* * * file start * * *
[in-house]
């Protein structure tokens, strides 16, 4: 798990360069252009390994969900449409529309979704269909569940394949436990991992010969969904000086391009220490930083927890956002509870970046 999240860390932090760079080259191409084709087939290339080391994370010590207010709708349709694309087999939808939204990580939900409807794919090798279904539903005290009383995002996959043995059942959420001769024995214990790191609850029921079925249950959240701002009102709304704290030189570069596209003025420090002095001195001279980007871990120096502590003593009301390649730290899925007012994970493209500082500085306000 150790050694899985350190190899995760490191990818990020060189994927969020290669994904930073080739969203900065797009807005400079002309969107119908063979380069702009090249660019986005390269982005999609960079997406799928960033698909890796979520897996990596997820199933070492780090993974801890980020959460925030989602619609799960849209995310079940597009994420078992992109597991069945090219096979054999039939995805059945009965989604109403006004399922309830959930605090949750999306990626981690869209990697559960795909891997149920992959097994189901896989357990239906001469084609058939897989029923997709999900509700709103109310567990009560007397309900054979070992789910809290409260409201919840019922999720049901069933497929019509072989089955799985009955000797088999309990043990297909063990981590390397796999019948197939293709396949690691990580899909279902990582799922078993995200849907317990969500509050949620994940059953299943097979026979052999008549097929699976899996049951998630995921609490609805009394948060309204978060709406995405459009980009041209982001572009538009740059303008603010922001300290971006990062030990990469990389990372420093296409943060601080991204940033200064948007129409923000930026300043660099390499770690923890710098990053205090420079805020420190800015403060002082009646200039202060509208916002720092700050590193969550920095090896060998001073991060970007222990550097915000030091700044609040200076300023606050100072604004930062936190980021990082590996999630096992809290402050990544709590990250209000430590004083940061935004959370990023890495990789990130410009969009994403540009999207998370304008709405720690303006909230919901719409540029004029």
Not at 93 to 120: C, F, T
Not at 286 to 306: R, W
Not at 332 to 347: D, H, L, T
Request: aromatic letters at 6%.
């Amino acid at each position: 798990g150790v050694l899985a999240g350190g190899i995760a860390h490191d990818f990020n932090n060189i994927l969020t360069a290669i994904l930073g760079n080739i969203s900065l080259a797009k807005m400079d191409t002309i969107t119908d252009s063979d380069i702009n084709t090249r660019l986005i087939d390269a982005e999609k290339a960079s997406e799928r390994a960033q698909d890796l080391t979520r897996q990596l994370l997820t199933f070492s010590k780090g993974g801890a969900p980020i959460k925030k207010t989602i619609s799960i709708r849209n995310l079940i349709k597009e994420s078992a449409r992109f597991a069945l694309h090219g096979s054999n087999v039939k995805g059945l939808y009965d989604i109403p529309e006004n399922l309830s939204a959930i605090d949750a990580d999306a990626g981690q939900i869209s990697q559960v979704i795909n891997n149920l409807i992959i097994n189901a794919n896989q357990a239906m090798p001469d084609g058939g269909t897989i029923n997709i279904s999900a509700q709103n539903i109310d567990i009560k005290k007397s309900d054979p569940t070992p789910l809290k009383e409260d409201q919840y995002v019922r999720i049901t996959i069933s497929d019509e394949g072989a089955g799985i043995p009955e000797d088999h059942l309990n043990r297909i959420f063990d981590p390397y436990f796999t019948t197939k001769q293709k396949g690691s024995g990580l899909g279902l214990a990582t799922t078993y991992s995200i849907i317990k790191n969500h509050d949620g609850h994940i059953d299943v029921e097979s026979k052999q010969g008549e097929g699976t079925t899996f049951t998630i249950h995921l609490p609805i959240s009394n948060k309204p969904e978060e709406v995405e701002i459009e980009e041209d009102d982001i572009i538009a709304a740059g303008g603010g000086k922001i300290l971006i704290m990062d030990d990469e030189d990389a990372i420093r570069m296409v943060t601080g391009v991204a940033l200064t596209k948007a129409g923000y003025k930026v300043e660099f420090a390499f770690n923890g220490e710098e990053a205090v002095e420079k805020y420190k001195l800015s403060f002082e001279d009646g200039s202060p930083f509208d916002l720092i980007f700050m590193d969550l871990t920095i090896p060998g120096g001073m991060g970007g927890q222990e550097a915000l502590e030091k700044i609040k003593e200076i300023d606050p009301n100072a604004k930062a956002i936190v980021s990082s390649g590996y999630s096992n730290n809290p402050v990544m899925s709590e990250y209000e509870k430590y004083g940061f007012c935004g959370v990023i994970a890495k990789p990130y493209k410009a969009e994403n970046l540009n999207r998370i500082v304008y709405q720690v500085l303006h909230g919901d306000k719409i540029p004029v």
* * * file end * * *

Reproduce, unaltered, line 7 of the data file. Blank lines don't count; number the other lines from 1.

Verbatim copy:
């Amino acid at each position: 798990g150790v050694l899985a999240g350190g190899i995760a860390h490191d990818f990020n932090n060189i994927l969020t360069a290669i994904l930073g760079n080739i969203s900065l080259a797009k807005m400079d191409t002309i969107t119908d252009s063979d380069i702009n084709t090249r660019l986005i087939d390269a982005e999609k290339a960079s997406e799928r390994a960033q698909d890796l080391t979520r897996q990596l994370l997820t199933f070492s010590k780090g993974g801890a969900p980020i959460k925030k207010t989602i619609s799960i709708r849209n995310l079940i349709k597009e994420s078992a449409r992109f597991a069945l694309h090219g096979s054999n087999v039939k995805g059945l939808y009965d989604i109403p529309e006004n399922l309830s939204a959930i605090d949750a990580d999306a990626g981690q939900i869209s990697q559960v979704i795909n891997n149920l409807i992959i097994n189901a794919n896989q357990a239906m090798p001469d084609g058939g269909t897989i029923n997709i279904s999900a509700q709103n539903i109310d567990i009560k005290k007397s309900d054979p569940t070992p789910l809290k009383e409260d409201q919840y995002v019922r999720i049901t996959i069933s497929d019509e394949g072989a089955g799985i043995p009955e000797d088999h059942l309990n043990r297909i959420f063990d981590p390397y436990f796999t019948t197939k001769q293709k396949g690691s024995g990580l899909g279902l214990a990582t799922t078993y991992s995200i849907i317990k790191n969500h509050d949620g609850h994940i059953d299943v029921e097979s026979k052999q010969g008549e097929g699976t079925t899996f049951t998630i249950h995921l609490p609805i959240s009394n948060k309204p969904e978060e709406v995405e701002i459009e980009e041209d009102d982001i572009i538009a709304a740059g303008g603010g000086k922001i300290l971006i704290m990062d030990d990469e030189d990389a990372i420093r570069m296409v943060t601080g391009v991204a940033l200064t596209k948007a129409g923000y003025k930026v300043e660099f420090a390499f770690n923890g220490e710098e990053a205090v002095e420079k805020y420190k001195l800015s403060f002082e001279d009646g200039s202060p930083f509208d916002l720092i980007f700050m590193d969550l871990t920095i090896p060998g120096g001073m991060g970007g927890q222990e550097a915000l502590e030091k700044i609040k003593e200076i300023d606050p009301n100072a604004k930062a956002i936190v980021s990082s390649g590996y999630s096992n730290n809290p402050v990544m899925s709590e990250y209000e509870k430590y004083g940061f007012c935004g959370v990023i994970a890495k990789p990130y493209k410009a969009e994403n970046l540009n999207r998370i500082v304008y709405q720690v500085l303006h909230g919901d306000k719409i540029p004029v």